What are main differences between Database Administrators and Software Engineers? To what extent should a Software Engineer know the details of the underlying database? Where is the border between these two professions?
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closed as primarily opinion-based by dezso, Phil, Paul White♦, RolandoMySQLDBA, Kin Jun 4 '14 at 18:33
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Math. I'm tempted to leave it at that, but I know without explanation, I'll be flamed, so here goes.
In my experience, DBA math is different than engineer math.
DBA math involves the impact on capacity a deployment will have. For example we as DBAs examine deploying a table by how much space per million rows it will consume on disk, what optimal queries to run against it, indexing strategies, etc.
Engineer math is going to be Big-O notation based. An engineer is going to be looking at algorithms and how to optimize them. The downstream impact (capacity planning) is a secondary concern to the efficiency of the application. However, if capacity is made a requirement upfront, then it will get the proper scrutiny.
Some of us play both roles and thus we have carved out a niche being a corporate applications dba developer.
BTW: please take this with a grain of salt because it is just my opinion.
"Software Engineers" or "DBA" are titles. Instead of asking: whom I will "SE" or "DBA"?, just ask: "should I learn C# or java or oracle or sql server to reach my goals". Have you ever seen "we need just DBA"? No :) (except some strange cases of HR). You can see: "we wanted XX, who knows and have expirience at these technologies."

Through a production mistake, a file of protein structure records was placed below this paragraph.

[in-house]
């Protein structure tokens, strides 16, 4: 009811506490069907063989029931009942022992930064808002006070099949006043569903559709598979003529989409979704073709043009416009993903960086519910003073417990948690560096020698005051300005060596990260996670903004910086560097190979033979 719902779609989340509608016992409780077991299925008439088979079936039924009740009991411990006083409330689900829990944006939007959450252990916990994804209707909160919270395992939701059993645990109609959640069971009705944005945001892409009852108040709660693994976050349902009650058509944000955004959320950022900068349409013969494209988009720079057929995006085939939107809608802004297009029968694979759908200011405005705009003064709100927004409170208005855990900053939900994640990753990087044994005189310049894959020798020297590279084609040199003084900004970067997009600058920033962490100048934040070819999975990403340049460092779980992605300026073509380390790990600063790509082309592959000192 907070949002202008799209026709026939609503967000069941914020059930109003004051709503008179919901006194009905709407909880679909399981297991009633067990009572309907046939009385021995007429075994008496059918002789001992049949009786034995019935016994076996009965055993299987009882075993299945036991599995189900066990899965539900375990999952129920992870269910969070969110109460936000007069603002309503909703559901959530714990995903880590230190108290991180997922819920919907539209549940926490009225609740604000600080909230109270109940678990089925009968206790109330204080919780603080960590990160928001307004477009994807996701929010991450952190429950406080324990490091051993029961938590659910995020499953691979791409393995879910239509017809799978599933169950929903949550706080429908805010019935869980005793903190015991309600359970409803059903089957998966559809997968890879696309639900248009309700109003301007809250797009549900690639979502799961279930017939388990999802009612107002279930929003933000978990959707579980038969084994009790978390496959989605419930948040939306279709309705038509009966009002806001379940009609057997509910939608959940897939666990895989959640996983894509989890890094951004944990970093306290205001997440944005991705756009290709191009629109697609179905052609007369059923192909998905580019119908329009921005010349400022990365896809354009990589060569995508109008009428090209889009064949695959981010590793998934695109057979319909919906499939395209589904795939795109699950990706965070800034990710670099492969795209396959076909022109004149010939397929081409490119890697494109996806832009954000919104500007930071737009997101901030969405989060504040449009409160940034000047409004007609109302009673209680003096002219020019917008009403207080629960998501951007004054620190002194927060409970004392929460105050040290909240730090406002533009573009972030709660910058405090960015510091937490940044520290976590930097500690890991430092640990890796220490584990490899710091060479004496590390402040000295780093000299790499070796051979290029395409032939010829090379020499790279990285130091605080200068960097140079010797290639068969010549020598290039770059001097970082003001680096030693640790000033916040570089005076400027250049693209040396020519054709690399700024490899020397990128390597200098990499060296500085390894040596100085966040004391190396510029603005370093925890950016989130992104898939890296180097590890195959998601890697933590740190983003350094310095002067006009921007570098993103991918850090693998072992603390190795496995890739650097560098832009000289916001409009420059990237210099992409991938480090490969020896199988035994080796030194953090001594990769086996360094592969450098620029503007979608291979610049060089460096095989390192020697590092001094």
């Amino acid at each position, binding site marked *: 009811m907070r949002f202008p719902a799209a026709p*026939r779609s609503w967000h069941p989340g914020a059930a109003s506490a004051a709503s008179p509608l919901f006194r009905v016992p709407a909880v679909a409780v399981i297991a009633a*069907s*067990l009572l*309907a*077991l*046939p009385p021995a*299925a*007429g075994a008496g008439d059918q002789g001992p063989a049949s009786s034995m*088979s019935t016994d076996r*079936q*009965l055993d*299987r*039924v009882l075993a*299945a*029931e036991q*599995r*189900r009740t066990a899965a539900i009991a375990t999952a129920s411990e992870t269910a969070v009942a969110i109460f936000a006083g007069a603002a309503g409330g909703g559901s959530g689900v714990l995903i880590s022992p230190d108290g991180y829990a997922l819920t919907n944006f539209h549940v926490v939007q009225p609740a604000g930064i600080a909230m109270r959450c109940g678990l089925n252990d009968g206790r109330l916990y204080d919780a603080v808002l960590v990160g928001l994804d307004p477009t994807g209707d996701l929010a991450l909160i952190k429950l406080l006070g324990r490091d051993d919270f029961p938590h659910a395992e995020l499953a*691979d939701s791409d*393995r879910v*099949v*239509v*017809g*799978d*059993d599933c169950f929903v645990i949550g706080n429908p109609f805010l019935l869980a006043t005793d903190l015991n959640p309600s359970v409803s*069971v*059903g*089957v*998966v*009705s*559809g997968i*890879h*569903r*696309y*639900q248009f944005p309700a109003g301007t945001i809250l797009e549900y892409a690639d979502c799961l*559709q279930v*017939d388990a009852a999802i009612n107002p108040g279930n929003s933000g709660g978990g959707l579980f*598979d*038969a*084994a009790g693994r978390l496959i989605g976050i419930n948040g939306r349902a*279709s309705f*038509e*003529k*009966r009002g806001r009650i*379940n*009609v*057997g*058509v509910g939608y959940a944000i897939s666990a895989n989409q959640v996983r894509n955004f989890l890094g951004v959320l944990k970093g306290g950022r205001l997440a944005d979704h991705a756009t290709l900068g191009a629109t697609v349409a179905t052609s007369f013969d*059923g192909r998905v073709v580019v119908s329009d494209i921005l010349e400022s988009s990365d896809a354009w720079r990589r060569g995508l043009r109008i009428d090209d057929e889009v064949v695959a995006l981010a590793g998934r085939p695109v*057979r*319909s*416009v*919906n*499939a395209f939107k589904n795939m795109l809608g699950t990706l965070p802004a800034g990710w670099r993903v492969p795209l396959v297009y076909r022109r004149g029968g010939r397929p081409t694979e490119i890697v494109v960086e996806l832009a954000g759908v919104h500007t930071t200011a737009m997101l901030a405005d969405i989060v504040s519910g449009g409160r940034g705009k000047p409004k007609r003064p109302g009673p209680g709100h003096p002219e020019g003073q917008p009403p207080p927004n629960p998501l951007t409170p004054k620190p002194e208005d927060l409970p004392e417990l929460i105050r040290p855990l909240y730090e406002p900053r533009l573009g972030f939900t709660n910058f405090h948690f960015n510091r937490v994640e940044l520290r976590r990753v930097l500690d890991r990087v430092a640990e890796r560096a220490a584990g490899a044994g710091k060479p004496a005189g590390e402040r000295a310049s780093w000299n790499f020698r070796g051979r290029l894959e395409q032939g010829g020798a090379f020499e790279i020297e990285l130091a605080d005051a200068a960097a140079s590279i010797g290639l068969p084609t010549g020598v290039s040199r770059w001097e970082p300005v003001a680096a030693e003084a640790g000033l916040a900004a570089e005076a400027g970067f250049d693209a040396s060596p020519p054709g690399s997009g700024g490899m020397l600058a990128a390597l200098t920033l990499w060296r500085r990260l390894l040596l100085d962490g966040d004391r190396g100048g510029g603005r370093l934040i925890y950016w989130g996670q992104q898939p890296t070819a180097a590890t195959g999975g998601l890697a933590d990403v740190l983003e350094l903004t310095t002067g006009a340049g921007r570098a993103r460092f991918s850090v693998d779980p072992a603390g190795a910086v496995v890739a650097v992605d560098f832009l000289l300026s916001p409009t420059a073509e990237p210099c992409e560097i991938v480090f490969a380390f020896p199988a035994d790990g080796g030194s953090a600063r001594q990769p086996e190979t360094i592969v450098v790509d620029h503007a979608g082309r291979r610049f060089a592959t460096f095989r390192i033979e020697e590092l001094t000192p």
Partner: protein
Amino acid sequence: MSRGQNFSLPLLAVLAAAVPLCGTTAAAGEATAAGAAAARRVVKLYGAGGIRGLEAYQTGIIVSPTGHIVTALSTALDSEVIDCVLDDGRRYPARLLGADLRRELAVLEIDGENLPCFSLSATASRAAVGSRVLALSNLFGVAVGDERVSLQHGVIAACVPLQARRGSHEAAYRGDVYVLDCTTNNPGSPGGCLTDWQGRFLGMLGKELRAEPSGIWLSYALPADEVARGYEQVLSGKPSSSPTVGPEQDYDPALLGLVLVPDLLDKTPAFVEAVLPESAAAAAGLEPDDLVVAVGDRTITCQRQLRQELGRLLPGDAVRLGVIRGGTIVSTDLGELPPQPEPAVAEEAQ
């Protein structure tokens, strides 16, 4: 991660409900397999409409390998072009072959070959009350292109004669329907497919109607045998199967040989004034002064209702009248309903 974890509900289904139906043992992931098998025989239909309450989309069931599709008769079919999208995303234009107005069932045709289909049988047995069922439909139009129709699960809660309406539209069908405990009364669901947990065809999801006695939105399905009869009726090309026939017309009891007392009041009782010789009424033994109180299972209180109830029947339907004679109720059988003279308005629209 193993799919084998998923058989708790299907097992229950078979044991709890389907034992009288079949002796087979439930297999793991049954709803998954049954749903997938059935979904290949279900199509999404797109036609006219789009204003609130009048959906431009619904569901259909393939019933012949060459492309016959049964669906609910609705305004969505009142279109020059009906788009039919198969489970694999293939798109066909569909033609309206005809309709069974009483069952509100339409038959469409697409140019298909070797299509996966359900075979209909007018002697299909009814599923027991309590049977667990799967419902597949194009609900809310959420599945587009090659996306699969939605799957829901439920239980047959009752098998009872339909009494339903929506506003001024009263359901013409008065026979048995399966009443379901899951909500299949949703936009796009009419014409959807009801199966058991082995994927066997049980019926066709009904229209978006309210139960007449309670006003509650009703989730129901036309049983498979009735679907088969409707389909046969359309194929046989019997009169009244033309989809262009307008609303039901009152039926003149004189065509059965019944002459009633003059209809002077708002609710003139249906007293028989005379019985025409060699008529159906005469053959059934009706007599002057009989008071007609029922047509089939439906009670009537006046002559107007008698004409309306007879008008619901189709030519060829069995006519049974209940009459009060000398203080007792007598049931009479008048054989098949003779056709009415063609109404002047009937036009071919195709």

It depends entirely on the breakdown of work at an organization, and what each person's responsible for. But they're just labels; someone titled 'software engineer' at one company might be 'programmer/analyst' at another company or even 'systems programmer', etc. There is no hard border between the two.
Where I work, the 'software engineer' tends to be the person doing both the design and the actual implementation, and we don't have anyone titled 'DBA'; The maintenance type tasks that would typically be a DBA fall back to the general 'system administrators', based on the guidance that the 'software engineer' gave them.
In what I personally think is a best case scenario, you'd break the design into multiple parts:
And then the maintenance type tasks:
For most of these, they don't have to be done by a DBA; it could be done by a software engineer, or in the case of some of the maintenance tasks, a system administrator.
If you have people in both roles, you might have them confer and collaborate on the design and tuning (what they'd call in construction 'design-build') , or if it's a rush job, you might assign the various tasks between the two. You might have other people involved, too : a 'software architect', 'data architect', an archivist, various programmers, system administrators, network administrators, security, etc.